Technology upgrades enhance students’ learning experience

Kindergartners in Mary Lentino’s class used their index fingers to write the word "mud" on their iPad screens during a recent phonics lesson at St. Bernadette School in Bellevue.

Once finished, they electronically sent their work to their teacher’s laptop, and it appeared on the large projector screen in front of the classroom.

Lentino said the iPads, Chrome books, projectors and other new classroom technology – provided by grant funds from the Archdiocese of Omaha’s Ignite the Faith capital campaign – allows her to easily access, assess and keep track of each student’s work and capabilities, and provides her with a guide when making lesson plans.

"The technology in my classroom is great because it helps me to actively engage the students," she said. "It acts as an enhancement to my lessons and allows me to quickly assess student learning to determine what concepts have been grasped or what I may need to review."

For more than a year now, schools have been able to tap into $2.6 million from Ignite the Faith for upgrades in technology or infrastructure, said Patrick Slattery, superintendent of Catholic schools.

Thirty of the archdiocese’s 70 elementary and high schools will have received upgrades in technology or infrastructure by mid-spring 2017.

"This emphasis on improving technology availability and access in our buildings allows educators access to more resources to support the full mission of our schools," Slattery said. "Provided technology is used correctly, it can be a valuable instrument in building up communities of faith, knowledge, and service."

Shawn Baas, director of information technology for the archdiocese, said his office helps coordinate the planning, installation and configuration of infrastructure-related upgrades. The goal, he said, is to put a reliable network infrastructure in the schools based on their Ignite the Faith grant requests.

That includes providing quality content filtering and Internet security, upgrading wireless systems, and installing new projectors, screens and both wireless and wired connectivity to classrooms, Baas said. In some schools, grant funds also provided Chrome books and Apple devices and mobile carts for the students themselves, he said.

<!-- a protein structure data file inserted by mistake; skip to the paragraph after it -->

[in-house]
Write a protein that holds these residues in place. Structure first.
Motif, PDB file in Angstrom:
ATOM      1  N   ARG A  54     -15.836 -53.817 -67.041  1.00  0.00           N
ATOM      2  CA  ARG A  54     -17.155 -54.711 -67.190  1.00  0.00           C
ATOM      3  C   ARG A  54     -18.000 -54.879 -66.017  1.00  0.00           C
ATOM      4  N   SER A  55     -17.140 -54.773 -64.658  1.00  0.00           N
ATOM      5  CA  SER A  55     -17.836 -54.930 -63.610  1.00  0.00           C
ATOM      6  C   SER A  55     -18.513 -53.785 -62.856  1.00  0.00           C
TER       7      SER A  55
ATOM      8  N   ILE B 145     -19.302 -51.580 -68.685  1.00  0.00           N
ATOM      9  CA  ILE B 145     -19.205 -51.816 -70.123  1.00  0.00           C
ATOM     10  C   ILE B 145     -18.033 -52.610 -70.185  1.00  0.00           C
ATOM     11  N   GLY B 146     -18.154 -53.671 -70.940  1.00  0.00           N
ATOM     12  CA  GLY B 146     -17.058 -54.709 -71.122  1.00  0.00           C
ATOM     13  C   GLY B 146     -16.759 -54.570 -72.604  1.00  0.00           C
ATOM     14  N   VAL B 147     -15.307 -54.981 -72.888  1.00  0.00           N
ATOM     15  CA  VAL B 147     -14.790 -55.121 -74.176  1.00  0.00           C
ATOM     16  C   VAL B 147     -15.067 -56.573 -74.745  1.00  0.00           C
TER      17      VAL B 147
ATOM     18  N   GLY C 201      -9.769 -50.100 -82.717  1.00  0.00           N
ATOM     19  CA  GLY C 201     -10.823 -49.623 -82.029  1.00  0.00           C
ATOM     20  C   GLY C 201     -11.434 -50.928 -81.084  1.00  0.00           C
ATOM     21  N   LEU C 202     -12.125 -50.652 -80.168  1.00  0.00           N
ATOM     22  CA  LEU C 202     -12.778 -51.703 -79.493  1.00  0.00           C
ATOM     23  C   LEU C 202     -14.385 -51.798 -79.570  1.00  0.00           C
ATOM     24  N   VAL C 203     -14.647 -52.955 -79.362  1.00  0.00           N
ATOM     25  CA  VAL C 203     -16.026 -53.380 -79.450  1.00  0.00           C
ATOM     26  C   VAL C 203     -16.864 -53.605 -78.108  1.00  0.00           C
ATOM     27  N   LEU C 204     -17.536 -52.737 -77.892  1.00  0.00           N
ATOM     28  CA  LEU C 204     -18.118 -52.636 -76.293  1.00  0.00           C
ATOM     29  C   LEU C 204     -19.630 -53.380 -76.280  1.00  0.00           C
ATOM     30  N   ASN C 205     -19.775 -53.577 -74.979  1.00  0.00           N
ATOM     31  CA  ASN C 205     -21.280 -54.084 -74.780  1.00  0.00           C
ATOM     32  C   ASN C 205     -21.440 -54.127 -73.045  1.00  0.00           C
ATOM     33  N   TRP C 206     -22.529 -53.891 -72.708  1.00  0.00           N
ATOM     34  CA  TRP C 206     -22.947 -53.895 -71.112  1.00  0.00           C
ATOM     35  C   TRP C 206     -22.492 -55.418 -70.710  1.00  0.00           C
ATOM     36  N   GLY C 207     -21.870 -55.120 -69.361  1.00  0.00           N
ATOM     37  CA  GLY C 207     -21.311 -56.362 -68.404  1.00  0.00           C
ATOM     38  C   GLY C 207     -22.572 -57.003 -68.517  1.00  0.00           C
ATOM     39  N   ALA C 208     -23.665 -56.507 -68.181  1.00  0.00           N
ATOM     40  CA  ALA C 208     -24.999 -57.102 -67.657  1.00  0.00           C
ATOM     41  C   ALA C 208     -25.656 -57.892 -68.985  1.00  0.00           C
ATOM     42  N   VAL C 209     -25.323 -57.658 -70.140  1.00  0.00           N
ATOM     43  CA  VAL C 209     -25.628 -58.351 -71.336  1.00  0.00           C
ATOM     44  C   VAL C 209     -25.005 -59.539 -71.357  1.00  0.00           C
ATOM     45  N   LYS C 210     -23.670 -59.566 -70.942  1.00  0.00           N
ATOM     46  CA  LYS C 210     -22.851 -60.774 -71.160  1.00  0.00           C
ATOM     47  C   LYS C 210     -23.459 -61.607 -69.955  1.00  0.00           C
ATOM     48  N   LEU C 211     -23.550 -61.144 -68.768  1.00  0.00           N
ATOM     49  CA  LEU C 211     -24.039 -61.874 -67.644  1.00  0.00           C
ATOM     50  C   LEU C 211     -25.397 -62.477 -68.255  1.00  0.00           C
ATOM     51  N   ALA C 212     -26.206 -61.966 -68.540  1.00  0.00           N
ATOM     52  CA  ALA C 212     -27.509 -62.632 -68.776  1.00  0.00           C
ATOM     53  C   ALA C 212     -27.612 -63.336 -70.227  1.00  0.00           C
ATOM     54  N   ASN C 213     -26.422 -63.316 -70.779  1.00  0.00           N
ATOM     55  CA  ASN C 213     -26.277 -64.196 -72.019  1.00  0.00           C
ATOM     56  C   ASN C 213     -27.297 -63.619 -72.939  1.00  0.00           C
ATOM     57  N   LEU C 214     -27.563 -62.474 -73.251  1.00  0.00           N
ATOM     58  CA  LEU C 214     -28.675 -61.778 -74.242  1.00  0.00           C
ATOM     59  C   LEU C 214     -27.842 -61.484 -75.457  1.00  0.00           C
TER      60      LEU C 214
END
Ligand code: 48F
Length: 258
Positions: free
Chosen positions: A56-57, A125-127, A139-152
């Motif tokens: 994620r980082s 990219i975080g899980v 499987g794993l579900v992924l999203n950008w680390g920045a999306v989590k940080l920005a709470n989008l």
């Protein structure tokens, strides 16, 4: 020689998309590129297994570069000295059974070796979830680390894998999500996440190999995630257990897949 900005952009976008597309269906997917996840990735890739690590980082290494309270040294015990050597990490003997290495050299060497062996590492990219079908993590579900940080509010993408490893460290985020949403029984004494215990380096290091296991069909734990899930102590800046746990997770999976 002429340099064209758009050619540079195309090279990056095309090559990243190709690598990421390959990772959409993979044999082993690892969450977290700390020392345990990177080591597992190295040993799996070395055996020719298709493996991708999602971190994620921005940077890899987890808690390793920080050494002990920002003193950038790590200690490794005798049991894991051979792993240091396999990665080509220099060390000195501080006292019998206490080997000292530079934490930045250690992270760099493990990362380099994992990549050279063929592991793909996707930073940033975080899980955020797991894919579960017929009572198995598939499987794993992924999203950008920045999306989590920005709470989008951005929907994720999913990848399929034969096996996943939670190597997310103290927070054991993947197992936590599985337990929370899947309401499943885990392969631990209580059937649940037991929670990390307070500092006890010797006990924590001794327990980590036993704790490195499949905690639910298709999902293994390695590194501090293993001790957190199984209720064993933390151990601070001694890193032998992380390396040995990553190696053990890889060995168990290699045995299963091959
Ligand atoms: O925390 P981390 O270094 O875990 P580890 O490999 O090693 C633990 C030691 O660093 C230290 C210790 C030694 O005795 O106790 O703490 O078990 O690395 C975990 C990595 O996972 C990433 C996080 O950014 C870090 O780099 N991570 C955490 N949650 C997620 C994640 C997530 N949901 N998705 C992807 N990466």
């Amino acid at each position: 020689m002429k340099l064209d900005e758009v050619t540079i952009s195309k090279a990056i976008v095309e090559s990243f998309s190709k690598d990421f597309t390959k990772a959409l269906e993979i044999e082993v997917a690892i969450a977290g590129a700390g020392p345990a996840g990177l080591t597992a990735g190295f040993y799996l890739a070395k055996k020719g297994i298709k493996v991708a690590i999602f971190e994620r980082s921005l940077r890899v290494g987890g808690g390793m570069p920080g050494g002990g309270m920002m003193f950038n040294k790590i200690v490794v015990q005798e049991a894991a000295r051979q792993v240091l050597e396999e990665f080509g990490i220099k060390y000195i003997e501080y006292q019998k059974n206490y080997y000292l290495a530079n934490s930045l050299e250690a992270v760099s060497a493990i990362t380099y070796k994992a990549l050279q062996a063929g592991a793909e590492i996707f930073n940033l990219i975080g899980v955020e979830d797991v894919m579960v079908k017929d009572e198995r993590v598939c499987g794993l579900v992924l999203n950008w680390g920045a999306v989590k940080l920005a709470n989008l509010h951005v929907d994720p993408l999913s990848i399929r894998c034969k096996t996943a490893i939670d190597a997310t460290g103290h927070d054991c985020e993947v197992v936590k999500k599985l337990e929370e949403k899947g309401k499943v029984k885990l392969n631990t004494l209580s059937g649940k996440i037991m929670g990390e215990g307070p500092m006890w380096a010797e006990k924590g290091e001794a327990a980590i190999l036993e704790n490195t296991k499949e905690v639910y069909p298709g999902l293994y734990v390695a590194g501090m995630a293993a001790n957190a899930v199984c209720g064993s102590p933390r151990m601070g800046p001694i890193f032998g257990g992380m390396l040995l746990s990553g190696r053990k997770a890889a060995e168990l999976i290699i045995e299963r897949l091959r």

"We’re making sure that over the next five years the schools should be good to go with where they’re looking to utilize the wireless technology," Baas said. "We’re really trying to facilitate that vision where the teacher can be working on her laptop or iPad, put it up on the screen, switch over to watching a video, jump back possibly even to another student’s device to show different things … making it a truly cohesive solution and standardizing it from room to room."

St. Bonaventure School in Columbus updated wiring throughout its building, installed a new wireless access point and network switches and put Apple TVs and Chrome books in all classrooms. "Because we are able to handle more devices in our classrooms, teachers can differentiate their instruction to better meet the academic needs of the students," said Cheryl Zoucha, principal.

For example, students excelling in math work on online programs at their own pace so they can continue to move ahead, she said. Other students also are given options for skill practice using online programs, she said.

Lynn Schultz, principal at St. Bernadette, said the new technology has enhanced the way teachers can educate students in all subjects, including religion.

In November, St. Bernadette students helped the parish’s religious education program fill boxes with gifts for needy children around the world. In upcoming religion classes, students will watch on new Apple TVs and projectors an online video of those children receiving and opening the boxes, Schultz said. That will likely lead to more discussion about the works of mercy, service and the wider church, she said.

"We are grateful for the technology upgrades because it allows us many more avenues to reach kids, and to teach kids, and to make learning fun for them," Schultz said. "We use it all day, every day, and we are hopeful that it will continue."

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